Heritage gas station needs a new vocation

Mies gas station Photo by Kate McDonnell

Yesterday the ever-vigilant Montreal City Weblog noted that a unique gas station on Nun’s Island, designed by Mies van der Rohe, is now boarded up. Mies van der Rohe is the architect behind the Seagram Building in NYC, among other monuments of modernist architecture. He was also a design consultant on Toronto’s TD Centre.

Built in 1968, the gas station in question was operated by Esso until last December. Today’s edition of Le Devoir reports that the Conseil du Patrimoine is beginning an official process to recognize the building, which could facilitate its preservation.

Great architecture should last for centuries but our dependence on gasoline should not. So I figure that if we want to preserve this architecturally notable gas station (and there can’t be many in North America, although apparently Frank Lloyd Wright designed one in Minnesota) it’s going to need a new vocation.

Perhaps it could be re-opened as a bike shop, with air pumps instead of gasoline? Anybody have another idea?

12 comments

  1. Sort of a shame. However, I agree that our dependence on gasoline should not be something we’d want to preserve.

    Should the station be restored, I would hope they would find some original vintage 1960’s gas pumps, to replace the “high-tech” ones currently in place. Also, please eliminate the car wash in there.

  2. Bike shop is a nice idea. It’s very small, there’s not enough space even for a very small gallery, which is what I was thinking of.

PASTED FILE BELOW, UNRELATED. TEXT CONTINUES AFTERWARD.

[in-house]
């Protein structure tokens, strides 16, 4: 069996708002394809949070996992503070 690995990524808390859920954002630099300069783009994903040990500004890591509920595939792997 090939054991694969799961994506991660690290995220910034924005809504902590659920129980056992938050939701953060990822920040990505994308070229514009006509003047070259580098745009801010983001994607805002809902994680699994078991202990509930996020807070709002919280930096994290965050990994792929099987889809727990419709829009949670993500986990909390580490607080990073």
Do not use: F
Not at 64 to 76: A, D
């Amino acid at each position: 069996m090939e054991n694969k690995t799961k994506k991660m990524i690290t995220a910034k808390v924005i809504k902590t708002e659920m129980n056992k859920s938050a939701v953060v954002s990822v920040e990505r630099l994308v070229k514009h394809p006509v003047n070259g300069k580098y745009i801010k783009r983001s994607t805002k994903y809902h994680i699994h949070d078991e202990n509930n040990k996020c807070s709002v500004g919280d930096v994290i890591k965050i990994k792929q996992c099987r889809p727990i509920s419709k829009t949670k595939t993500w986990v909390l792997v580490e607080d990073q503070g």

I’m afraid that real estate on the island is getting so valuable that the notion of preserving a barely one-storey building may seem ludicrous and it may lose out to the pressure for development.

  3. fritas stand with daily disrtibutions of veggie oil dispensed from the old gas pumps to applicable motorists. great blog!

  4. this gas station was the subject of a documentary film “regular or super” that looked at Mies’ legacy, and at this gas station too!
    http://icarusfilms.com/new2005/regu.html

    It is worth noting that we saw this film at the late-winter FIFA film festival(roughly… festival of films on Art), which I think is the best film festival in town.

    Mies other legacy in Montreal is the three-tower complex at Westmount Square, and a nearby apartment block on nun’s island.

  5. With the recent slew of new towers on Nun’s Island it would seem mighty ironic that there could possibly be a closed gas station over there. If there was actually good transit service there it would be tempting to consider the island as a model of sustainability, but, no, it’s just incredibly ironic, some sort of inexplicable cosmic coincidence.

  6. Losing a gas station by one of the best architects of the era would be quite the shame. After all, cars represented modernity in that age. It ought to remain a gas station.

    “Should the station be restored, I would hope they would find some original vintage 1960’s gas pumps, to replace the “high-tech” ones currently in place.”

    I don’t know about vintage pumps. After all, it’s not like Mies designed them, and I’m sure he’d appreciate our high tech pumps pushing modernity forward.

  7. Also, why would you not be for keeping it as a gas station? It’s not like we’ll ideally banish the cars, just decrease our dependence.

  8. Wow! Nostalgia. I lived on Berlioz on Nun’s Island in the early 70’s and gassed up many times at that station. Am now in Windsor ON. Never thought it would become famous.
    Thanks for the memory.

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